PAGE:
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If You Use ChatGPT for Book Writing, a Word to the Wise

Last week I bought a Kindle book about mastering your own Public Relations. Firstly, if you use a title along those lines, you will attract people wanting to DIY their brand publicity/PR and expecting some handy tips. Let’s see where the use of ChatGPT all went wrong.

There were some real entrepreneur stories of success in the eBook, and these were the ideas I wanted to be taken deeper into.

When the author used some survey results, the arguments were not fleshed out. It was simply the numbers. Yet later on, a reasoning came for a different survey set. Many other pieces were quite obviously explanations and benefit lists generated by a chatbot. I recognise the boring tone straight away.

Now, there are two reasons that this doesn’t work.

The first is, ChatGPT and you don’t speak in the same vernacular. This large language model (LLM) tends to say “individuals” and “business owners” rather than using the friendlier “you”, which was used when the author wrote the text. Hence the point of view is all over the place.

Let me show you an example from this ebook:

Another reason why influencers, opinion formers and celebrities are important for marketing is that they can create authentic connections. They want to see real people using and endorsing products before they make a purchase.

(This is confusing as the first they is ‘the influencers’ and the second they is ‘the public’).

The second problem is, many of the paragraphs I read were just basic explainers and did not recognise the stage the soloist or owner was at. Typical readers would not be just starting out and deciding on a business plan type at this point. Humourless, it went from some basic explanations to an author boast to an unedited (waffly) quote.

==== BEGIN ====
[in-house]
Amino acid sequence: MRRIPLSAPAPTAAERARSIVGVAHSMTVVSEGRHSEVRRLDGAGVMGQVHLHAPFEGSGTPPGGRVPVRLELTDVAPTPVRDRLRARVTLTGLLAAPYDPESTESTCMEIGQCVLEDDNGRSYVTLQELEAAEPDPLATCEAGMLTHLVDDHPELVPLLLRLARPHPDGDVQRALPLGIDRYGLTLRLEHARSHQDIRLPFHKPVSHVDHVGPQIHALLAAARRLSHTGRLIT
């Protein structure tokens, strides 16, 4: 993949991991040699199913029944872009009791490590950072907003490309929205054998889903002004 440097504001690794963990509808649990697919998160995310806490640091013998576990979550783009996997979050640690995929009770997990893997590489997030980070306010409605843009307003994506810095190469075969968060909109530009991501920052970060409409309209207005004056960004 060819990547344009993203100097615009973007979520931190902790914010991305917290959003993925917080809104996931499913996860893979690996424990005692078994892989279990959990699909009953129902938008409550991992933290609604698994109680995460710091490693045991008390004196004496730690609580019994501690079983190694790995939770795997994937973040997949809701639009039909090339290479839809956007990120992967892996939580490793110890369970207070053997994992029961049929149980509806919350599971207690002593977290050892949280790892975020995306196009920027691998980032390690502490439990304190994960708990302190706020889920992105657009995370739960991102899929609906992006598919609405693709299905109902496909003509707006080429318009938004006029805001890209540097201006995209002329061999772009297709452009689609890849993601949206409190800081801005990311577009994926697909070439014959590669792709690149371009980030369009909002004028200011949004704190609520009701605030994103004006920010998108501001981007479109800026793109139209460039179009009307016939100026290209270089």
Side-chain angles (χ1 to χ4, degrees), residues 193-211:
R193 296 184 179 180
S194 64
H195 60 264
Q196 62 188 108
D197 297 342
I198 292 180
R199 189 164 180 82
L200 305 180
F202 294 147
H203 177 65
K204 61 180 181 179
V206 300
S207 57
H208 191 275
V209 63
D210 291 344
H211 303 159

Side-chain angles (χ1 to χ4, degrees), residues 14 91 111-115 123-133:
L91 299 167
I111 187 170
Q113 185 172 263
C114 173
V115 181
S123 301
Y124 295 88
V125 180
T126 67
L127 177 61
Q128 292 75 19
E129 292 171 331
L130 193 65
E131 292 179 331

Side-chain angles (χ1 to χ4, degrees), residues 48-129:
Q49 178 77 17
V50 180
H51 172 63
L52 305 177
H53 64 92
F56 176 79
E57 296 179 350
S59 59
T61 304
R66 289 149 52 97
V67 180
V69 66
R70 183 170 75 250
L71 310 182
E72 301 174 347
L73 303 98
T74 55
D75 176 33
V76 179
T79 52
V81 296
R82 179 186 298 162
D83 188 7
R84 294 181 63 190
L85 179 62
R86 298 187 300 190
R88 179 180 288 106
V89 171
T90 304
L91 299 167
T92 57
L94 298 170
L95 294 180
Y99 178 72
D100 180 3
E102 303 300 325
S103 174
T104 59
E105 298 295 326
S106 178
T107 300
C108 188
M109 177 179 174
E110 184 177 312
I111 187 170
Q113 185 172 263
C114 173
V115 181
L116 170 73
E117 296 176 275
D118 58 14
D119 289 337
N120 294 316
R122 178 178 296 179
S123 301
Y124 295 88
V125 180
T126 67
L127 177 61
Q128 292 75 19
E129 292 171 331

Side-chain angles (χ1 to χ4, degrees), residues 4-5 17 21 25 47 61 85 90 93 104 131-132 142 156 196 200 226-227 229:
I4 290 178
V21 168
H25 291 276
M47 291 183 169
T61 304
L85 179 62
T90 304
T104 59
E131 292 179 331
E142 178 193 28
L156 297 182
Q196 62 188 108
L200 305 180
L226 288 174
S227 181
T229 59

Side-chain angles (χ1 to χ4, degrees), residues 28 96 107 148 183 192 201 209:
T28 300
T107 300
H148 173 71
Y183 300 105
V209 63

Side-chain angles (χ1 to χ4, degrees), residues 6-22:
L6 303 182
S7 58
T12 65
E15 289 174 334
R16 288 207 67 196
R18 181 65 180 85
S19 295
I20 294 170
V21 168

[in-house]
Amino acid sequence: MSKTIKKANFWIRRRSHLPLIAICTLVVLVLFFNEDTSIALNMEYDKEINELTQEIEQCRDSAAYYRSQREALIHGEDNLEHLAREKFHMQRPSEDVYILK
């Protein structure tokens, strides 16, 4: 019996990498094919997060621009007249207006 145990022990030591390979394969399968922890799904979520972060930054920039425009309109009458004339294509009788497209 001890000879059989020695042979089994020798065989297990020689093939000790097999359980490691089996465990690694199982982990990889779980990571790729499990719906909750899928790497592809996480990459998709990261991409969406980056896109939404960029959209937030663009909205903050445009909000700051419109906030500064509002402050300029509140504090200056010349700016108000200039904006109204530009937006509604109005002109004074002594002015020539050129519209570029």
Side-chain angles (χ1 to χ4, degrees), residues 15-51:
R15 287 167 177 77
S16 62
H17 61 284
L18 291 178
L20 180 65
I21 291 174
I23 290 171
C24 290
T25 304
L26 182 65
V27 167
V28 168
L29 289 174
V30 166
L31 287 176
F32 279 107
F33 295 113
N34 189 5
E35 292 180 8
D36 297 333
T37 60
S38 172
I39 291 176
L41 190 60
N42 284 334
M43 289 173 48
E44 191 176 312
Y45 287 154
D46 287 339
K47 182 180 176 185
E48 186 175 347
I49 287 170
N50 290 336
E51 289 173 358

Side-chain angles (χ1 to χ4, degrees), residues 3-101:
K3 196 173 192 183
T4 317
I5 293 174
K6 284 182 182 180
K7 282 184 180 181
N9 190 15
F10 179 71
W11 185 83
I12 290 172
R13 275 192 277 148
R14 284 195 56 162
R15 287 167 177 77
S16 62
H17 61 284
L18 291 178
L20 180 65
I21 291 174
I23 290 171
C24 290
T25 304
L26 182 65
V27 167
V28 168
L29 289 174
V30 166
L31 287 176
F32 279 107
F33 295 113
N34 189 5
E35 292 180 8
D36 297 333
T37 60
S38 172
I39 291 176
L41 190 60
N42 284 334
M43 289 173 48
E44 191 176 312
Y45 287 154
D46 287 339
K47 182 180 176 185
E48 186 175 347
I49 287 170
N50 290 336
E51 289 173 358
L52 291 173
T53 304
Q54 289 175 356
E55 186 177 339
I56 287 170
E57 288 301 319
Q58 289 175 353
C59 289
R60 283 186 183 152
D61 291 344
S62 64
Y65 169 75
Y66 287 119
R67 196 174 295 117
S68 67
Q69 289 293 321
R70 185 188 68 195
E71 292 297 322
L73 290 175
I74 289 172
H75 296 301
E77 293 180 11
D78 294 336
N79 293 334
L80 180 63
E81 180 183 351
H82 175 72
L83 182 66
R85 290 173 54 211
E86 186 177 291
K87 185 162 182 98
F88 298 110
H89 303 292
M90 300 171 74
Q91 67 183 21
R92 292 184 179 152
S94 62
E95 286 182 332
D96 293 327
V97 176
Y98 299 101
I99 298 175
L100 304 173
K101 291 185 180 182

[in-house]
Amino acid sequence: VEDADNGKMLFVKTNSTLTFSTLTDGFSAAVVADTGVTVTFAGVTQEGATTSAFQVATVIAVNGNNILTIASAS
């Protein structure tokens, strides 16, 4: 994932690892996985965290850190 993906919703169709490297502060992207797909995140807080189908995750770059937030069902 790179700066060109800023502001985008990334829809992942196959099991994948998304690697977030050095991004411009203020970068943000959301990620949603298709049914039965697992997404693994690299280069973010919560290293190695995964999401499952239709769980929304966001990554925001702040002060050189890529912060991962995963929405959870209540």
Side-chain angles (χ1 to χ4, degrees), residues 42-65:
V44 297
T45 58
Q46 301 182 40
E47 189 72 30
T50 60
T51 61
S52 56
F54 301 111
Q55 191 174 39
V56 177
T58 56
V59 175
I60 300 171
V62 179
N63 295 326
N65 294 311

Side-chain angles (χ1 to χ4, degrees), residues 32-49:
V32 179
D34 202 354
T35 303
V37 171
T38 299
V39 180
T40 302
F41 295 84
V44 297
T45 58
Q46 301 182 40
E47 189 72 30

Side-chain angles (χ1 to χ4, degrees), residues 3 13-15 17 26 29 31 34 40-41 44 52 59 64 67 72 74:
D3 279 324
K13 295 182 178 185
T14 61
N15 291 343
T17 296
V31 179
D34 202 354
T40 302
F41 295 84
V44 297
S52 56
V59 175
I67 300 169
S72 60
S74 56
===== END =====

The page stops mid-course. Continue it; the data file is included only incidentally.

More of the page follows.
Then, there was a list of Social Media Marketing tools without any names of software or insider tips. A quick Google and we can get both great articles about marketing schedulers and names of top tools.

Why not hire an Editor?

My other critique was – if the author was short on time and felt this was a reason to use a chatbot, why on Earth did she not use a professional copy editor? A manuscript assessment/development review would also be advisable for the higher-level problems.

Reputation loss for Chatbot users

Creative work and editing refinement is hard, but do you know what’s harder? Recovering a loss of reputation in readers who may have gone on to become a client later if they had respected the book.

While you may skate by with your friends, people who don’t know you who buy it will be confused and left feeling there was something quite amiss. This is damaging to your personal brand and credibility, which seems a major reason for a writer to publish in the first place.

Overall, my advice is to steer clear of using chatbot answers in books.

How to save time when writing a book instead?

To get it all in the same point of view and tone, the first step is to use your dictation device or Otter.Ai, which converts to text. Second, after using Google Scholar or textbooks or Time magazine articles to research, add the pieces of proof and quotes from experts. (Or use inspirational tidbits if it’s more of an encouraging self-help book). Note all references down. For in-text quotes, the citation box is usually top right in the Scholar or PubMed paper.

Third, have a good READ over the manuscript in one go. (It must be in one go to catch the problems). Note the things that jump out at you. Fix those things. Or if you don’t know what to look for, proceed to step four.

Four, Google “Writing Coach” and find Jennifer Lancaster. (This is supposed to be a joke). Ask for a quote for Developmental Editing Review or Copy Editing – this link goes to differences between the two. Then be pleasantly surprised by the value and detail of the work.

These testimonials reflect the value of editing or writing support.  

Purposefully put your best work out there and be proud of all the books you ever produce.

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